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Pyridostigmine ball-and-stick.png
Clinical data
Trade namesMestinon, others
  • AU: C
Routes of
by mouth, intravenous
ATC code
Legal status
Legal status
Pharmacokinetic data
Bioavailability7.6 +/- 2.4%
Elimination half-life1.78 +/- 0.24hrs
  • 3-[(dimethylcarbamoyl)oxy]-1-methylpyridinium
CAS Number
PubChem CID
CompTox Dashboard (EPA)
Chemical and physical data
Molar mass181.215 g·mol−1
3D model (JSmol)
  • O=C(Oc1ccc[n+](c1)C)N(C)C
  • InChI=1S/C9H13N2O2/c1-10(2)9(12)13-8-5-4-6-11(3)7-8/h4-7H,1-3H3/q+1 checkY

Pyridostigmine is a medication used to treat myasthenia gravis.[1] It is also used together with atropine to end the effects of neuromuscular blocking medication of the non-depolarizing type.[2] It is typically given by mouth but can also be used by injection.[2] The effects generally begin within 45 minutes and last up to 6 hours.[2]

Common side effects include nausea, diarrhea, frequent urination, and abdominal pain.[2] More severe side effects include low blood pressure, weakness, and allergic reactions.[2] It is unclear if use in pregnancy is safe for the fetus.[2] Pyridostigmine is an acetylcholinesterase inhibitor in the cholinergic family of medications.[2] It works by blocking the action of acetylcholinesterase and therefore increases the levels of acetylcholine.[2]

Pyridostigmine was patented in 1945 and came into medical use in 1955.[3] It is on the World Health Organization's List of Essential Medicines.[4] Pyridostigmine is available as a generic medication.[2]

Medical uses[edit]

Pyridostigmine is used to treat muscle weakness in people with myasthenia gravis or forms of congenital myasthenic syndrome and to combat the effects of curariform drug toxicity. Pyridostigmine bromide has been FDA approved for military use during combat situations as an agent to be given prior to exposure to the nerve agent Soman in order to increase survival. Used in particular during the first Gulf War, pyridostigmine bromide has been implicated as a causal factor in Gulf War syndrome.[5]

Pyridostigmine sometimes is used to treat orthostatic hypotension.[6] It may also be of benefit in chronic axonal polyneuropathy.[7]

It is also being prescribed 'off-label' for the postural tachycardia syndrome as well as complications resulting from Ehlers–Danlos syndrome.[7][8]


Pyridostigmine bromide is contraindicated in cases of mechanical intestinal or urinary obstruction and should be used with caution in patients with bronchial asthma.[9][10]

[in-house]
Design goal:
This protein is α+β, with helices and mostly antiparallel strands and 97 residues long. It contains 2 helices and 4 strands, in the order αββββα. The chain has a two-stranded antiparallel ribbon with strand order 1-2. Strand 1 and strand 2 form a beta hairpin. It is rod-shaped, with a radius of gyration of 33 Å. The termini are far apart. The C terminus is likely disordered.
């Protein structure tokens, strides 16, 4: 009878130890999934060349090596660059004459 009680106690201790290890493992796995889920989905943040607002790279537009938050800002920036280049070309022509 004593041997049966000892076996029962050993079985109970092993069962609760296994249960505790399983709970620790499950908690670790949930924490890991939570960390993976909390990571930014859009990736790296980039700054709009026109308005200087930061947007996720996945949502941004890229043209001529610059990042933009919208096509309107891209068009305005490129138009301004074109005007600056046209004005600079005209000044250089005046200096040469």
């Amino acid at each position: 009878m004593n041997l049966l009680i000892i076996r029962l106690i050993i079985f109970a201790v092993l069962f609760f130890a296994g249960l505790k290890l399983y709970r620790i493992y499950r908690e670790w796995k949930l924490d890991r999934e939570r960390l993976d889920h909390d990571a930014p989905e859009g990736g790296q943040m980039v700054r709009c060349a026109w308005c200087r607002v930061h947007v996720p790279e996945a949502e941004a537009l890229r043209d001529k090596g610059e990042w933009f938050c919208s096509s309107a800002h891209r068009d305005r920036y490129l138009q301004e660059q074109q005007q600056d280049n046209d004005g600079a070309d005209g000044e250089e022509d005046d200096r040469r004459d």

Side effects[edit]

Common side effects include:[9]

  • Sweating
  • Diarrhea
  • Nausea
  • Vomiting
  • Abdominal cramps
  • Increased salivation
  • Tearing
  • Increased bronchial secretions
  • Constricted pupils
  • Facial flushing due to vasodilation
  • Erectile dysfunction

Additional side effects include:[9]

  • Muscle twitching
  • Muscle cramps and weakness

Mechanism of action[edit]

Pyridostigmine inhibits acetylcholinesterase in the synaptic cleft, thus slowing down the hydrolysis of acetylcholine. It is a quaternary carbamate inhibitor of cholinesterase that does not cross the blood–brain barrier which carbamylates about 30% of peripheral cholinesterase enzyme. The carbamylated enzyme eventually regenerates by natural hydrolysis and excess ACh levels revert to normal.

The ACh diffuses across the synaptic cleft and binds to receptors on the post synaptic membrane, causing an influx of Na+, resulting in depolarization. If large enough, this depolarization results in an action potential. To prevent constant stimulation once the ACh is released, an enzyme called acetylcholinesterase is present in the endplate membrane close to the receptors on the post synaptic membrane, and quickly hydrolyses ACh.


Pyridostigmine bromide is available under the trade names Mestinon (Valeant Pharmaceuticals), Regonol and Gravitor (SUN Pharma).


  1. ^ World Health Organization (2009). Stuart MC, Kouimtzi M, Hill SR (eds.). WHO Model Formulary 2008. World Health Organization. p. 429. hdl:10665/44053. ISBN 9789241547659.
  2. ^ a b c d e f g h i "Neostigmine Bromide". The American Society of Health-System Pharmacists. Archived from the original on 21 December 2016. Retrieved 8 December 2016.
  3. ^ Fischer, Janos; Ganellin, C. Robin (2006). Analogue-based Drug Discovery. John Wiley & Sons. p. 540. ISBN 9783527607495. Archived from the original on 2016-12-20.
  4. ^ World Health Organization (2019). World Health Organization model list of essential medicines: 21st list 2019. Geneva: World Health Organization. hdl:10665/325771. WHO/MVP/EMP/IAU/2019.06. License: CC BY-NC-SA 3.0 IGO.
  5. ^ Golomb BA (March 2008). "Acetylcholinesterase inhibitors and Gulf War illnesses". Proceedings of the National Academy of Sciences of the United States of America. 105 (11): 4295–300. Bibcode:2008PNAS..105.4295G. doi:10.1073/pnas.0711986105. JSTOR 25461411. PMC 2393741. PMID 18332428. Lay summaryReuters (March 10, 2008).
  6. ^ Gales BJ, Gales MA (2007). "Pyridostigmine in the treatment of orthostatic intolerance". Annals of Pharmacotherapy. 41 (2): 314–8. doi:10.1345/aph.1H458. PMID 17284509. S2CID 22855759.
  7. ^ a b Gales BJ, Gales MA (February 2007). "Pyridostigmine in the treatment of orthostatic intolerance". The Annals of Pharmacotherapy. 41 (2): 314–8. doi:10.1345/aph.1H458. PMID 17284509. S2CID 22855759.
  8. ^ Kanjwal K, Karabin B, Sheikh M, et al. (June 2011). "Pyridostigmine in the treatment of postural orthostatic tachycardia: a single-center experience". Pacing and Clinical Electrophysiology. 34 (6): 750–5. doi:10.1111/j.1540-8159.2011.03047.x. PMID 21410722. S2CID 20405336.
  9. ^ a b c Mestinon | Home Archived 2008-05-13 at the Wayback Machine
  10. ^ Mestinon Official FDA information, side effects and uses Archived 2008-05-24 at the Wayback Machine

External links[edit]